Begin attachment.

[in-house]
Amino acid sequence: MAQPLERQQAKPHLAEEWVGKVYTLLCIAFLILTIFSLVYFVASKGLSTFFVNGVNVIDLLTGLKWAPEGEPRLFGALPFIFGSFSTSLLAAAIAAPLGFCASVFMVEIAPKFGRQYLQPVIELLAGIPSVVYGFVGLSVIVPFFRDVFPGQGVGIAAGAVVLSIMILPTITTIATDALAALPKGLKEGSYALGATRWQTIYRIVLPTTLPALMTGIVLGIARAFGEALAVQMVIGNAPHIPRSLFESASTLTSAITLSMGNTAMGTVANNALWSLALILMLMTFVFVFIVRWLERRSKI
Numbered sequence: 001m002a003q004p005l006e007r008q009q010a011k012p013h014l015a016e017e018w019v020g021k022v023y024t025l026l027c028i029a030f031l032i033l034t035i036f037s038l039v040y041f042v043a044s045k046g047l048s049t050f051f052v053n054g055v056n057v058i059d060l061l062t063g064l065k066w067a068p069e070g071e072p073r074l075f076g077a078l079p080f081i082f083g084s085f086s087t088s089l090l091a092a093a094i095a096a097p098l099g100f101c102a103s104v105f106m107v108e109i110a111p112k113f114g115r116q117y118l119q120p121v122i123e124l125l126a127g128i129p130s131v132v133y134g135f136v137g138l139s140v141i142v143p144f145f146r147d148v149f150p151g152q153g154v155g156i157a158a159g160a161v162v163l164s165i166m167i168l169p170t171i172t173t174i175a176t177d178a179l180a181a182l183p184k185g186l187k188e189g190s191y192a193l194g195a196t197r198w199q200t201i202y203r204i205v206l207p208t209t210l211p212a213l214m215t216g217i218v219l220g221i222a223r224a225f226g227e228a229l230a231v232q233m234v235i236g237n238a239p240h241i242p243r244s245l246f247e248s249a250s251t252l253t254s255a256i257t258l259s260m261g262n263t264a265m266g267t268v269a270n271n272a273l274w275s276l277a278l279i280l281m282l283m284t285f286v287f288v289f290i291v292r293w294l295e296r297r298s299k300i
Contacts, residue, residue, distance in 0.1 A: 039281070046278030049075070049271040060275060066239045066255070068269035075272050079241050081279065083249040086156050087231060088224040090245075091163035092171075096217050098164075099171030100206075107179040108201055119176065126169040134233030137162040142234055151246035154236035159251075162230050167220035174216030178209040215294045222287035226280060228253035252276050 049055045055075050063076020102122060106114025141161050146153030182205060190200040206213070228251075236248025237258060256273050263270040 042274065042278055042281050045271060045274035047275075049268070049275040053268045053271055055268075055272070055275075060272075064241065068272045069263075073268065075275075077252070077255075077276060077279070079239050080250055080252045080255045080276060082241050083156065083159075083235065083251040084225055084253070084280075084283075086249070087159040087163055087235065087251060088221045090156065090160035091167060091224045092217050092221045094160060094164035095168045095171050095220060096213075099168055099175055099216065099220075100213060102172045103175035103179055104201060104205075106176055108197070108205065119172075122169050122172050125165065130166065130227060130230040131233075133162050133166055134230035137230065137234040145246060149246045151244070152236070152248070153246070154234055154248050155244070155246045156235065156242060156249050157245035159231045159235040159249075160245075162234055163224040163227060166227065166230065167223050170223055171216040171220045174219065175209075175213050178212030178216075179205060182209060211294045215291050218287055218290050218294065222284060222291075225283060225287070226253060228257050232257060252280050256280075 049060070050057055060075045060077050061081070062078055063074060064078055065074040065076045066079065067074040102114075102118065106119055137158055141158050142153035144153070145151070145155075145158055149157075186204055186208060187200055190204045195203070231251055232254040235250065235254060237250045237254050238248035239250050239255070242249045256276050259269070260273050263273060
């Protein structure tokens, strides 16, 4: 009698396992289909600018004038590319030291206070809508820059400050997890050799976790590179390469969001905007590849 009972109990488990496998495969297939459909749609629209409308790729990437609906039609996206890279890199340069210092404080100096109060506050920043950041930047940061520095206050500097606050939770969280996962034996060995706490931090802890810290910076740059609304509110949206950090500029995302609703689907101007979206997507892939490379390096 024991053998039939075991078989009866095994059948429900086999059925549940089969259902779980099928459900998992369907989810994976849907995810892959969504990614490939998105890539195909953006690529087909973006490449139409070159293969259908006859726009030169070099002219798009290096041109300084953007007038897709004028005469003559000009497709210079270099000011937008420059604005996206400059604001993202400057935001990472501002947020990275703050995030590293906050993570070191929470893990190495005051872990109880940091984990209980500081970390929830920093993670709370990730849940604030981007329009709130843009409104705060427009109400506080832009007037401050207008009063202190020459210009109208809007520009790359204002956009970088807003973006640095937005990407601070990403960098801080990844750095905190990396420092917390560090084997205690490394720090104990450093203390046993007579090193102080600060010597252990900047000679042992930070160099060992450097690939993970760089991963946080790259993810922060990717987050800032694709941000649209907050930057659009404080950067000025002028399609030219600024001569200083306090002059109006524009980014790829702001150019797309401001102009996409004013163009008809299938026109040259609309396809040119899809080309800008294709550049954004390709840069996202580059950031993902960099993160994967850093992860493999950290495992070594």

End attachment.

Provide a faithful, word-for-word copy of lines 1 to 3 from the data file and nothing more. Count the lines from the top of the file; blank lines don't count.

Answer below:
[in-house]
Amino acid sequence: MAQPLERQQAKPHLAEEWVGKVYTLLCIAFLILTIFSLVYFVASKGLSTFFVNGVNVIDLLTGLKWAPEGEPRLFGALPFIFGSFSTSLLAAAIAAPLGFCASVFMVEIAPKFGRQYLQPVIELLAGIPSVVYGFVGLSVIVPFFRDVFPGQGVGIAAGAVVLSIMILPTITTIATDALAALPKGLKEGSYALGATRWQTIYRIVLPTTLPALMTGIVLGIARAFGEALAVQMVIGNAPHIPRSLFESASTLTSAITLSMGNTAMGTVANNALWSLALILMLMTFVFVFIVRWLERRSKI
Numbered sequence: 001m002a003q004p005l006e007r008q009q010a011k012p013h014l015a016e017e018w019v020g021k022v023y024t025l026l027c028i029a030f031l032i033l034t035i036f037s038l039v040y041f042v043a044s045k046g047l048s049t050f051f052v053n054g055v056n057v058i059d060l061l062t063g064l065k066w067a068p069e070g071e072p073r074l075f076g077a078l079p080f081i082f083g084s085f086s087t088s089l090l091a092a093a094i095a096a097p098l099g100f101c102a103s104v105f106m107v108e109i110a111p112k113f114g115r116q117y118l119q120p121v122i123e124l125l126a127g128i129p130s131v132v133y134g135f136v137g138l139s140v141i142v143p144f145f146r147d148v149f150p151g152q153g154v155g156i157a158a159g160a161v162v163l164s165i166m167i168l169p170t171i172t173t174i175a176t177d178a179l180a181a182l183p184k185g186l187k188e189g190s191y192a193l194g195a196t197r198w199q200t201i202y203r204i205v206l207p208t209t210l211p212a213l214m215t216g217i218v219l220g221i222a223r224a225f226g227e228a229l230a231v232q233m234v235i236g237n238a239p240h241i242p243r244s245l246f247e248s249a250s251t252l253t254s255a256i257t258l259s260m261g262n263t264a265m266g267t268v269a270n271n272a273l274w275s276l277a278l279i280l281m282l283m284t285f286v287f288v289f290i291v292r293w294l295e296r297r298s299k300i